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Elections got underway in Angola on Friday which observers say will keep President Jose Eduardo dos Santos in power. Formal opposition may be weak, but he faces pressure to redistribute the nation's wealth.
The campaign in Angola was an unequal battle between the MPLA (Popular Movement for the Liberation of Angola) and eight opposition parties.
President Jose Eduardo dos Santos has led Angola since the country gained independence from Portugal three decades ago, and is also widely expected to win the 31 August election.
The only authoritarian leader who has been in power longer than dos Santos is Equatorial Guinea's Teodoro Obiang Nguema.
Dos Santos exuded self-confidence as the campaign wound up.
"The reconstruction of our country is in full swing. We have contributed significantly to the improvement of the living conditions of the Angolan people. The opposition can only criticize and threaten but the MPLA works for the good of the Angolan citizens," dos Santos said at a campaign rally.
A 2011 study by the prestigious American Gallup Institute ranked dos Santos as the most unpopular political leader in Africa.
Nevertheless it appears that an MPLA victory is inevitable when the party's power and influence is compared with that of the opposition, led by the former rebel movement UNITA.
Opposition leaders like UNITA's Isaias Samakuva and others have never been able to match the charisma of the historic UNITA leader Jonas Savimbi.
Human rights concerns
Rights groups like Global Witness and Human Rights Watch have levelled a barrage of criticism against dos Santos and his ruling MPLA for failing to share the country's oil riches more equally among Angola's 18 million people.
Angolan journalist, blogger and human rights activist Rafael Marques criticises the MPLA's use of public funds for its own campaign and its crackdown on the opposition.
"What we are witnessing here in Angola is an electoral process that wants to keep the current regime in power. It is a highly corrupt system," Marques said. "No Angolan who is reasonably sane believes that these elections will be fair and legal."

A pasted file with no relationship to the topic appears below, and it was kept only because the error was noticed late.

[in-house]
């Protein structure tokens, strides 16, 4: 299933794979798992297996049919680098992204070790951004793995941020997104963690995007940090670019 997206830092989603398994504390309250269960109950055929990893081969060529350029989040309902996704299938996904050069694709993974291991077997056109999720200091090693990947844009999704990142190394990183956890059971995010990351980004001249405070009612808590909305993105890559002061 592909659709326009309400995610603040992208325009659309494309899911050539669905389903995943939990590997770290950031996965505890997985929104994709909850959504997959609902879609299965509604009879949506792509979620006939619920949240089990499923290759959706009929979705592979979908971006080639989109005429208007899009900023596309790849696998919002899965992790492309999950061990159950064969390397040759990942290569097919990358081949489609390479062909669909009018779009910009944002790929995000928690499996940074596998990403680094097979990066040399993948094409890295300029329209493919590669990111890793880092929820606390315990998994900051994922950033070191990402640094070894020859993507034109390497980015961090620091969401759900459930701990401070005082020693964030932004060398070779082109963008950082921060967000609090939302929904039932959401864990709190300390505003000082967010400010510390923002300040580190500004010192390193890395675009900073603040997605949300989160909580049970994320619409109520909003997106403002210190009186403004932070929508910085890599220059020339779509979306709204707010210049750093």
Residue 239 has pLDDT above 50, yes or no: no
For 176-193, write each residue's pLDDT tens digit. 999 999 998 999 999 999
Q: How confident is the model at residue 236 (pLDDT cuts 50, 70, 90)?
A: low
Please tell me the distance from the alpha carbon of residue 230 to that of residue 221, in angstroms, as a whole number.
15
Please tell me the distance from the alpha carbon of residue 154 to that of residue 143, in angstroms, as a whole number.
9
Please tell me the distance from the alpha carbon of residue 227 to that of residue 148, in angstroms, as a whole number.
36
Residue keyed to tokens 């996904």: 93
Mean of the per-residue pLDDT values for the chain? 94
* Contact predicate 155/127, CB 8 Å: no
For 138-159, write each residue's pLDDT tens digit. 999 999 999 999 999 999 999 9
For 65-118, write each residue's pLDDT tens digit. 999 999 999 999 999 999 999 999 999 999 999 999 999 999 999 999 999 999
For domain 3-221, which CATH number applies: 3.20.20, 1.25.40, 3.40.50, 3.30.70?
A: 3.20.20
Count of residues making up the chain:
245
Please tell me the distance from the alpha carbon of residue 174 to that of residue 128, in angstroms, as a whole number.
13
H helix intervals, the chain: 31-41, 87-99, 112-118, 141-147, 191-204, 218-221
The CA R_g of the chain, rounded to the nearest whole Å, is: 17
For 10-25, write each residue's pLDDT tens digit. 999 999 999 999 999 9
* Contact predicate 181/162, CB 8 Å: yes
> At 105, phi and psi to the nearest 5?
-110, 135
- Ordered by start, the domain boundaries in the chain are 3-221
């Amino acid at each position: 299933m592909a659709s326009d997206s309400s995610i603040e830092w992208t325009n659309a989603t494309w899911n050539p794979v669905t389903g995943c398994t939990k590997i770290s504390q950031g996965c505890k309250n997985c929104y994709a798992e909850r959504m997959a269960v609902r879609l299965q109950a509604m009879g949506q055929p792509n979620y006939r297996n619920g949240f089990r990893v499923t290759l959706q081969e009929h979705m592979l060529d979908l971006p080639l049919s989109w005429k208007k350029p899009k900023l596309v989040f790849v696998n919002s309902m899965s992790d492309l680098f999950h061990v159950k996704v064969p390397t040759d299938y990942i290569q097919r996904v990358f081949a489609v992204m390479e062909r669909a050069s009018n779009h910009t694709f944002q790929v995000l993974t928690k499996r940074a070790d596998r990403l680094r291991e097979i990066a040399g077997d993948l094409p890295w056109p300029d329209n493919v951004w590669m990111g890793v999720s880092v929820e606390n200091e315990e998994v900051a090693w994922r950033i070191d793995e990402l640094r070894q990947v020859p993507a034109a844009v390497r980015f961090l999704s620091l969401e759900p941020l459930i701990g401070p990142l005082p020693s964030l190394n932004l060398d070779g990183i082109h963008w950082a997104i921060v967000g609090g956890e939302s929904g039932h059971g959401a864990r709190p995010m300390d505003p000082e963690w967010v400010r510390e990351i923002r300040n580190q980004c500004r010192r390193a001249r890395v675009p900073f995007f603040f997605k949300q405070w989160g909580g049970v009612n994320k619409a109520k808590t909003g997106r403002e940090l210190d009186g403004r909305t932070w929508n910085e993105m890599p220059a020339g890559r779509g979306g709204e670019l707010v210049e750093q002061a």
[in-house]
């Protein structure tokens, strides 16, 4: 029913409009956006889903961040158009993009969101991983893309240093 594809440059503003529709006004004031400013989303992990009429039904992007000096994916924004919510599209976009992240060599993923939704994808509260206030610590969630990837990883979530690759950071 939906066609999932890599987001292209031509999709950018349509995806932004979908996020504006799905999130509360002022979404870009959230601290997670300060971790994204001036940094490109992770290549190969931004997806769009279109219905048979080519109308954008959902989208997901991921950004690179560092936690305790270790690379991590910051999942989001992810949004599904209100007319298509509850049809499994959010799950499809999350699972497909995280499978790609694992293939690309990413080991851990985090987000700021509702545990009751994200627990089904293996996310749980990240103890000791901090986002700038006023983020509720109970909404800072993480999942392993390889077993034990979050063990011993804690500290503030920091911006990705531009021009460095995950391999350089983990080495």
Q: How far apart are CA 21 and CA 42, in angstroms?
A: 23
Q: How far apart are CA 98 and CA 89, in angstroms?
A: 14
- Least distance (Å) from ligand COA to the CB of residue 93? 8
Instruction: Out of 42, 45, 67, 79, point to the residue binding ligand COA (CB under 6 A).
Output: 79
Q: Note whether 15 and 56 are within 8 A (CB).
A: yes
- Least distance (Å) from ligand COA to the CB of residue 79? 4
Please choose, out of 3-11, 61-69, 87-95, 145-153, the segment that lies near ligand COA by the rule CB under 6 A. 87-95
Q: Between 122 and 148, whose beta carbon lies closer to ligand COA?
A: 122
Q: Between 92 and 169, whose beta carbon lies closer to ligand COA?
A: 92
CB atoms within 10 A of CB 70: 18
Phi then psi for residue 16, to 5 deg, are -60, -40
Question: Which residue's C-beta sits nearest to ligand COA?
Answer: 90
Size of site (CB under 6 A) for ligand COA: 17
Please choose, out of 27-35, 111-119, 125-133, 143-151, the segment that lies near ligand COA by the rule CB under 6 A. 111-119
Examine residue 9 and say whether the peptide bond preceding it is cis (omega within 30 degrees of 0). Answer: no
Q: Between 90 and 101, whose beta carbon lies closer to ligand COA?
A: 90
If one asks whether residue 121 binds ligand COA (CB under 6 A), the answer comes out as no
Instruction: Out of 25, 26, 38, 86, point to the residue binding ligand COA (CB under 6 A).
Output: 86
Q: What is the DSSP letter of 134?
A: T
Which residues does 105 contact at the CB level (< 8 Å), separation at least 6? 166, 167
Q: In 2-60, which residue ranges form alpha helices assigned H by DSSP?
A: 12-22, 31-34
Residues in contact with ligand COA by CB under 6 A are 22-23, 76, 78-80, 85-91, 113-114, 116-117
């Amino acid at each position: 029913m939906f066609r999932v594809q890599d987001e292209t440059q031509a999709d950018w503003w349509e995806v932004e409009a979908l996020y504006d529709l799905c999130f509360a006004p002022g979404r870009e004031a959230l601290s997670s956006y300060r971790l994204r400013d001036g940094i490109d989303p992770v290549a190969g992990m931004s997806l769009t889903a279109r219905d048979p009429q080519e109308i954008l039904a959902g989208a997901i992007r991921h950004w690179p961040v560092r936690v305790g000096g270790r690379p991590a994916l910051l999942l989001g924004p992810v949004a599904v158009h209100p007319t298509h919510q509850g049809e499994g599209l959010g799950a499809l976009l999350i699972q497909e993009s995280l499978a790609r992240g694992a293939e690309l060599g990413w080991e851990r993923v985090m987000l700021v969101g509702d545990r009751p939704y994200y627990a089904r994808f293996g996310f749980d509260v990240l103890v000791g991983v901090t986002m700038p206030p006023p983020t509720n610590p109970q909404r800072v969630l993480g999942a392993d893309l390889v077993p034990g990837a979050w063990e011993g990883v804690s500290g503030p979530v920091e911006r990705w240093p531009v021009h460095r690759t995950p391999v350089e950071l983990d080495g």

Human Rights Watch (HRW) has criticized arbitrary detentions, unfair trials and harassment of journalists and other observers.
"In 2008 there was a monitoring mission from the European Union. They had long term observers, who were stationed in all provinces of the country," HRW researcher Lisa Rimli told DW.
"This time round there are fewer election observers - and they have been unable to get accreditation." she added, saying there is a climate of intimidation and freedom of assembly is restricted.
Opposition wanted postponement
UNITA, the largest of the eight opposition parties, called for a mass demonstration for fair elections. Its leader Isaias Samakuva accused the National Electoral Commission, which is dominated by the MPLA, of irregularities.
"We are listening to the people in every corner of the country, saying there is much suffering and that they want change," Samakuva told supporters at a rally in the capital, Luanda.
"We called for the postponement of the elections. It's better to wait a month until everything complies with legal requirements. But this did not happen," he said.
Oil - curse or blessing?
Thanks to an oil output boom, Angola has enjoyed rapid economic growth. Between 2002 and 2008 the economy expanded by an average of 15 percent per year. The IMF says Angola's GDP per capita in 2010 was $4,328 (3,454 euros), among the highest in Africa.
But, while major investments in construction and infrastructure have covered many of the scars of war, critics and ordinary Angolans say widespread poverty and inequality are festering, unhealed sores.
The MPLA says it cut poverty levels from 68 percent of the population in 2002 to around 39 percent in 2009.
In all probability Eduardo dos Santos will be confirmed in office. A constitutional amendment in 2010 abolished direct presidential elections. The position of president now goes to the candidate who heads the list of the party which wins the most votes. And that will be the MPLA.